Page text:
New research has traced the history of antibiotics and antibiotic resistance back some 350-500 million years, a study in deep microorganism genealogy that could help in our current battle to contain the rise of superbugs.

The team focussed on a class of antibiotics called glycopeptides - such as vancomycin and teicoplanin - and the way they have evolved down the millennia. Vancomycin is defined as an essential medicine by the World Health Organisation, and can be used as a last resort medication in some cases.  

These antibiotics are also under a growing threat from antibiotic resistance, as bacteria evolve to resist the best medicines we can throw at them. The researchers hoped to uncover some clues as to how we might win the evolutionary race in the future, and outpace the defences that microbes are putting up.

"The results we uncovered in this study offer a valuable lens through which to consider the current antibiotic crisis," says biochemist Nicholas Waglechner, from McMaster University in Canada.

Tracking glycopeptides back through time isn't easy. As the team notes in their paper, glycopeptide antibiotics are produced by Actinobacteria, an important phylum of microbes found in soil.

To track the synthesis of glycopeptide antibiotics through evolutionary time, the researchers had to turn to biosynthetic gene clusters (BGCs) that can contain genes not just for producing and regulating these glycopeptides, but also for resistance. Not an easy task, considering BGCs can vary in their chemical make-up, and can each have their own separate family tree.

"Extracting this history from genome sequences is difficult as conservation of the individual components of these gene clusters is variable and each component can have a different trajectory," the team writes in their study.

This is one of only a few studies so far that's used BGCs to look at how antibiotic production and antibiotic resistance might have evolved in tandem. Some of the biosynthesis that has happened along the way could be useful in engineering future drug treatments.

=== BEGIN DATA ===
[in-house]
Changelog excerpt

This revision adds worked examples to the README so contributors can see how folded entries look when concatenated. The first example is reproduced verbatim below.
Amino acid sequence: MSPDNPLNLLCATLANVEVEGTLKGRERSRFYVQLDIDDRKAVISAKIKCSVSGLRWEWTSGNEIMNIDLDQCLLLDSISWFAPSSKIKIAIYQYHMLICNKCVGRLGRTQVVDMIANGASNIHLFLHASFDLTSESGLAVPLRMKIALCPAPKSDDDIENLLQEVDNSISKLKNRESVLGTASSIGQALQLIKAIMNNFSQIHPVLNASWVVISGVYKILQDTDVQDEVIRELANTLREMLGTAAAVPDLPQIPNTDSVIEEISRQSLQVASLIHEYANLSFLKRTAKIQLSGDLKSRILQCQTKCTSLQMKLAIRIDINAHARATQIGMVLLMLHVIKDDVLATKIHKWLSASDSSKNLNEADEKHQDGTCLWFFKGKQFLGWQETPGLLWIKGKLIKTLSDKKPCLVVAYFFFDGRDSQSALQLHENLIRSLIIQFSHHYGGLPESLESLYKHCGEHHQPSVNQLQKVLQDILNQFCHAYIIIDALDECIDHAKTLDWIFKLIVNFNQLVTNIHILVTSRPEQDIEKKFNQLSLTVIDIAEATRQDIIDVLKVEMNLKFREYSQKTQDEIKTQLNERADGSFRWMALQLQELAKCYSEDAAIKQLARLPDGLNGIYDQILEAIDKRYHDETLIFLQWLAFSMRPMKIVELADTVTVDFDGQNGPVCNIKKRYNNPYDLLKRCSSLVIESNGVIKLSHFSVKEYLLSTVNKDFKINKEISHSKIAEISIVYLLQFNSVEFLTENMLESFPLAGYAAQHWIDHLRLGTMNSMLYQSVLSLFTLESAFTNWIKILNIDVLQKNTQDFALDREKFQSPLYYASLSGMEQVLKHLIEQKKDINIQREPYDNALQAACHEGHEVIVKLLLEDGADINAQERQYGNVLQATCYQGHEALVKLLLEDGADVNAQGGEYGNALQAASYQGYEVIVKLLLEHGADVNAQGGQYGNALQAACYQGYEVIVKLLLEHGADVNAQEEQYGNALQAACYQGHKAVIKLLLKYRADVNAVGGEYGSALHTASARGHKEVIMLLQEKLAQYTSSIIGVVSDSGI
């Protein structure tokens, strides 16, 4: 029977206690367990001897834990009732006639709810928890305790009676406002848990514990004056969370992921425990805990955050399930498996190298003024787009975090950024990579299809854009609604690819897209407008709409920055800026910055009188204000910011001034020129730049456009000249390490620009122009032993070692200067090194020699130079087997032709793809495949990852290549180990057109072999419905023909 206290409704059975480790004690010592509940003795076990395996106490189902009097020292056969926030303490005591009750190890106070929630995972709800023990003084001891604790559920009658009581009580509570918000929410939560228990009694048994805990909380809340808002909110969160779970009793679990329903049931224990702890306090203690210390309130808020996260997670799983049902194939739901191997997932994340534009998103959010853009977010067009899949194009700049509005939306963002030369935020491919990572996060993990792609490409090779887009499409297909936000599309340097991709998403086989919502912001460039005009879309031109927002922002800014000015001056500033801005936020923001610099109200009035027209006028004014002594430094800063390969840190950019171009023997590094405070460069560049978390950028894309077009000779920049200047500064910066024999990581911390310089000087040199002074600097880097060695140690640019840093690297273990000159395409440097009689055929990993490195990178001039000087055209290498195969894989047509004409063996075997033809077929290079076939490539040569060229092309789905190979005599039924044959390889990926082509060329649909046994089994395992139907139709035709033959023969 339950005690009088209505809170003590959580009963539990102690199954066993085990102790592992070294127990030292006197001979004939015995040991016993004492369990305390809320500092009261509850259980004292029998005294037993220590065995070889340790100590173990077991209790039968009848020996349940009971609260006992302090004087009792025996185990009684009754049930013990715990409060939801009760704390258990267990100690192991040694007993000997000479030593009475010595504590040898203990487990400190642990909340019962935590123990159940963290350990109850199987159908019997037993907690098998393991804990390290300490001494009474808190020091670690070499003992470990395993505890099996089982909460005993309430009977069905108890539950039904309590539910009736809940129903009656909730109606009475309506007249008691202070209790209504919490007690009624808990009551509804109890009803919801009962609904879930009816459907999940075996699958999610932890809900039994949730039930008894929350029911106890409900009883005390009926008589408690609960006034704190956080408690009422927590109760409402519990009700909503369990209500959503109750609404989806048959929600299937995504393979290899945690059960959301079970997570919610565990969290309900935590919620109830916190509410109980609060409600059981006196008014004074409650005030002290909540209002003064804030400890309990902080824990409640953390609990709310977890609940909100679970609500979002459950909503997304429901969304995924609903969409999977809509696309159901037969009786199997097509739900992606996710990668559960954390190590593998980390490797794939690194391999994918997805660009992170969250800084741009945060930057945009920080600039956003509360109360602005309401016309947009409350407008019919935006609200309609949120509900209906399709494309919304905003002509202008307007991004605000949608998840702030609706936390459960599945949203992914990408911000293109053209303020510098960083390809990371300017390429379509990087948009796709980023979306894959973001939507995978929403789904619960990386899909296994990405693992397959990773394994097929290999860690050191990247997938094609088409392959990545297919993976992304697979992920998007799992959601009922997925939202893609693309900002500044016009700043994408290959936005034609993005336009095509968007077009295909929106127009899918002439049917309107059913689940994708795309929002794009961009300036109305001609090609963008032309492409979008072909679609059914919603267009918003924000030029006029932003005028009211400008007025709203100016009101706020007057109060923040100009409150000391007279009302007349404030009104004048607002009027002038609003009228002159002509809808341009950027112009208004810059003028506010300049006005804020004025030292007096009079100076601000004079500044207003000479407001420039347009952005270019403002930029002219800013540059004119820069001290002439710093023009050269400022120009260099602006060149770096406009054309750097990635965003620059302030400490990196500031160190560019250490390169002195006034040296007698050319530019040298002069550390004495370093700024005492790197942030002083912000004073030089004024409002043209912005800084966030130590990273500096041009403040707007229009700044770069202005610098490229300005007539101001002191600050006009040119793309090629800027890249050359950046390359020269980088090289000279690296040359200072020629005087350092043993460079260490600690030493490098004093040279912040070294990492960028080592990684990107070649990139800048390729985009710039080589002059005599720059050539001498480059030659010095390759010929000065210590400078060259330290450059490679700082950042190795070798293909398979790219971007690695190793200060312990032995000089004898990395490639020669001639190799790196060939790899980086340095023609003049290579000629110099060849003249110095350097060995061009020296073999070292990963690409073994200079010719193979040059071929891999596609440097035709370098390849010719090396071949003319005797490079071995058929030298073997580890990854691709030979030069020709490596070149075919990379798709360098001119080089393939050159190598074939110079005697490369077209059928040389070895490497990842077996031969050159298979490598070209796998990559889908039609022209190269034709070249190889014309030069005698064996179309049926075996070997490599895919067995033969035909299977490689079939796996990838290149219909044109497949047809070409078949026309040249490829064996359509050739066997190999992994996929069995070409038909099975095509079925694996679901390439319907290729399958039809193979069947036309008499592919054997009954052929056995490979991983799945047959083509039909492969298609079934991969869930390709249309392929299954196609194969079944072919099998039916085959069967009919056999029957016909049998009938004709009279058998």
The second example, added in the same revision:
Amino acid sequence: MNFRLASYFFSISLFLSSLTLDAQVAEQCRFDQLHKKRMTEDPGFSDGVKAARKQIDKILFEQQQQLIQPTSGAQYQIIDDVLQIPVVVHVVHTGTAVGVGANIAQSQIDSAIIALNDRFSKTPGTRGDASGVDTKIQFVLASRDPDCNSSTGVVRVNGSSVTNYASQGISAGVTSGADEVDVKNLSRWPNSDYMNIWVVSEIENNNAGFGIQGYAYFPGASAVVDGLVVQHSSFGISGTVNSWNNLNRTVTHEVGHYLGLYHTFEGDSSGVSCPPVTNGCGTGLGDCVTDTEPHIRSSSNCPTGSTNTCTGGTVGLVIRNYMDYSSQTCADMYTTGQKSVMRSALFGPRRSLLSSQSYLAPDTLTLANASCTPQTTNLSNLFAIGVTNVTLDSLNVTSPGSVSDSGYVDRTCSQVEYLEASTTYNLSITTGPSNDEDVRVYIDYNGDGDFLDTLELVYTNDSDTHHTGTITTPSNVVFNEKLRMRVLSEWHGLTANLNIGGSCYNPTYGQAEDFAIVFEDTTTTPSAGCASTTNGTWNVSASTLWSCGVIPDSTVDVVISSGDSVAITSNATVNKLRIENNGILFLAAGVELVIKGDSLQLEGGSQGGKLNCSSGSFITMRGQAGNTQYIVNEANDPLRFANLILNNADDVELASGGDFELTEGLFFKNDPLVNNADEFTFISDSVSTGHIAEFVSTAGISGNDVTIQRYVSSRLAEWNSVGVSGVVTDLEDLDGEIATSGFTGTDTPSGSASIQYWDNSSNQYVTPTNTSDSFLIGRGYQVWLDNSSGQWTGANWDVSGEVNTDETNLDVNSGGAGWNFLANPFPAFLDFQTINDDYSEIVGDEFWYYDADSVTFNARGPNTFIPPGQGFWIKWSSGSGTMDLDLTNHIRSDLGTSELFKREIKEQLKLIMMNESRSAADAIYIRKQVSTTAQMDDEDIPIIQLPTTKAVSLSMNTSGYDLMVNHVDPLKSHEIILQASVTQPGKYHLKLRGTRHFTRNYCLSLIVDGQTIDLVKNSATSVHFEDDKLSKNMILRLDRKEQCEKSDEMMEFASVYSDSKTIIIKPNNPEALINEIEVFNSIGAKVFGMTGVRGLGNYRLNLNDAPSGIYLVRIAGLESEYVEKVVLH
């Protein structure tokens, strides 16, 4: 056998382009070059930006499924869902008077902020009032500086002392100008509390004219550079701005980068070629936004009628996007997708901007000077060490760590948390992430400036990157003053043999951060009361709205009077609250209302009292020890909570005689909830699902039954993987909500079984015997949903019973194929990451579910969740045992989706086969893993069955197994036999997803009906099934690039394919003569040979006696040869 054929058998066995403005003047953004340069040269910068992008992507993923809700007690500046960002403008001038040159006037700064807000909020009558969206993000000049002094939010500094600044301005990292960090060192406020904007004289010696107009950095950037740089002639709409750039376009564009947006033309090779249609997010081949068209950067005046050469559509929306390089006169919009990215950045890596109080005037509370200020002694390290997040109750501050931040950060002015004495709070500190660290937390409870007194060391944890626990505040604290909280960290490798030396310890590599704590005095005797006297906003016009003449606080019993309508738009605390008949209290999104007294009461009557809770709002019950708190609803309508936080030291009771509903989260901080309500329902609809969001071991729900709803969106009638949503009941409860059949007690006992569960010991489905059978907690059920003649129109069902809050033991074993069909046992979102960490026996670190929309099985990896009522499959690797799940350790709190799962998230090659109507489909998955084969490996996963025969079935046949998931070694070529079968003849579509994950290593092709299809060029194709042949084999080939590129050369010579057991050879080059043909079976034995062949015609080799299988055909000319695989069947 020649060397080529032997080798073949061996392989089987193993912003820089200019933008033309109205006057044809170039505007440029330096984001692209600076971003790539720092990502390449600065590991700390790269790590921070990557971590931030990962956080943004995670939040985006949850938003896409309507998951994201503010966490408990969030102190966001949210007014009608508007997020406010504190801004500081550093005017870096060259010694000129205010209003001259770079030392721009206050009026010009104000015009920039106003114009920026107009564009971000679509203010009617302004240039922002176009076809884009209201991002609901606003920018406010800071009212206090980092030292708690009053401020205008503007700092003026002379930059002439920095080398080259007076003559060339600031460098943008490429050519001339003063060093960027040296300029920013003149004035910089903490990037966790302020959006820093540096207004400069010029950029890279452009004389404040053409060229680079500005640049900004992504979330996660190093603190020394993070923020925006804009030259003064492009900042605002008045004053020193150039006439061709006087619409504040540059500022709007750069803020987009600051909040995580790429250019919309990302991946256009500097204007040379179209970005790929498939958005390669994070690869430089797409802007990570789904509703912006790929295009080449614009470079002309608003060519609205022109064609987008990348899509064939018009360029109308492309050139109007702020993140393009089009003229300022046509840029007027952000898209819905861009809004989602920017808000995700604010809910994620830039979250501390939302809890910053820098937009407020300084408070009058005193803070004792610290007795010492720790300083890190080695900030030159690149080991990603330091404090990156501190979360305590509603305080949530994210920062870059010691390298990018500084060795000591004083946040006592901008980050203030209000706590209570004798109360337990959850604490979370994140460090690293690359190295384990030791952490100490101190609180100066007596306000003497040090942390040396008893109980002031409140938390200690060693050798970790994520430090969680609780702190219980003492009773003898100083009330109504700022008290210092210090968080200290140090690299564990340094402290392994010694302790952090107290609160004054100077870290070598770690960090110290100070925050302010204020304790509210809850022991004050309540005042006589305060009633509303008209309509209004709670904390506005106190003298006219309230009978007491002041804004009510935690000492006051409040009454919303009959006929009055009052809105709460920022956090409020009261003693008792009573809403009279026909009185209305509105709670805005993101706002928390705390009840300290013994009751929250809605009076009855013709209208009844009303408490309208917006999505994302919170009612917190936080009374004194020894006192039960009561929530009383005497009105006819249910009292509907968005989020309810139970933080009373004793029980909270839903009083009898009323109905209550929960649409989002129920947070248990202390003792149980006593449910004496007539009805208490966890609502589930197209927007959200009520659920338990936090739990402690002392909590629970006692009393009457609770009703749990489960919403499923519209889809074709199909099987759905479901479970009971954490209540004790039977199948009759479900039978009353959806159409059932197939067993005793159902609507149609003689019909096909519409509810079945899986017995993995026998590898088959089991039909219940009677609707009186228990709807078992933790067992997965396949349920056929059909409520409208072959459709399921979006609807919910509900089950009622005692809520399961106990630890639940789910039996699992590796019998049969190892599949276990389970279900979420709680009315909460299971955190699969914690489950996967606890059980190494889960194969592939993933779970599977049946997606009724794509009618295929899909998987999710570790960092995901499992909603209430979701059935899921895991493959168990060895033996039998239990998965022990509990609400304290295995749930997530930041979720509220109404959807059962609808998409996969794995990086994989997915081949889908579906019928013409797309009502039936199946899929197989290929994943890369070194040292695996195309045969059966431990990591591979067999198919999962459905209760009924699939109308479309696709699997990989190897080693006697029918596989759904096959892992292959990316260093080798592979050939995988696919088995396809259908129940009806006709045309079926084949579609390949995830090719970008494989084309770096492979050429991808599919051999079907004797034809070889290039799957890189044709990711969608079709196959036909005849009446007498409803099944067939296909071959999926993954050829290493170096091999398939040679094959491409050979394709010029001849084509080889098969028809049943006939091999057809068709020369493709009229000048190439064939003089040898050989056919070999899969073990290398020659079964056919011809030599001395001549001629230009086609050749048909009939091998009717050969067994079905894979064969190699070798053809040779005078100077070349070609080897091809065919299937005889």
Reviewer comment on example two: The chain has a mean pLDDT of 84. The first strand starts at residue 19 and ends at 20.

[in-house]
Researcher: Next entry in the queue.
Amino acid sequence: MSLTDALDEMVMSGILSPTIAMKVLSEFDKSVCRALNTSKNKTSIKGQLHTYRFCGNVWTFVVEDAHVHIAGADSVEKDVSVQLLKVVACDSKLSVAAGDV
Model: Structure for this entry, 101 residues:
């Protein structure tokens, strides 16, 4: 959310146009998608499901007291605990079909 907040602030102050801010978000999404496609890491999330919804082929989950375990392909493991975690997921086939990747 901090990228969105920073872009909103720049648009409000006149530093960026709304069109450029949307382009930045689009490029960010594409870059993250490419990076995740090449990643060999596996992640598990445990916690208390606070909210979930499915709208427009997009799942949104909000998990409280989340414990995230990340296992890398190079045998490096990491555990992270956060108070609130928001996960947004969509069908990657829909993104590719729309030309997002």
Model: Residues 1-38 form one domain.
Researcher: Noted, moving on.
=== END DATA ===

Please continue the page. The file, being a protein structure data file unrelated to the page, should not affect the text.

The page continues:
The researchers found that glycopeptide resistance sprang up in Actinobacteria around the same time as the genes responsible for producing the ancestors of vancomycin – and all that happened around 350 to 500 million years ago.

"These compounds have been useful to bacteria on the planet even before dinosaurs appeared, and resistance co-evolved with production as a means of self-protection for producing bacteria," says Waglechner.

"The use of vancomycin in modern times in medicine and agriculture has resulted in the movement of resistance from these innocuous producers to disease-causing bacteria over a few short decades."

If we are able to produce improved medications from learning about this evolutionary context, the sooner it arrives the better. Evidence of antibiotic resistance is now being found in some of the remotest places on Earth, and even in space.

All hope is not lost though. Scientists continue to discover new possibilities for developing the next wave of antibiotics, whether that's looking in the soil microbes clinging to insects, or combining existing drugs together in new ways.

"Our findings are of significant interest," says biochemist Gerry Wright, from McMaster University in Canada.

"Our study reveals several implications in how we could potentially manage antibiotic use and find new drugs for antimicrobial infections."

The research has been published in Nature Microbiology.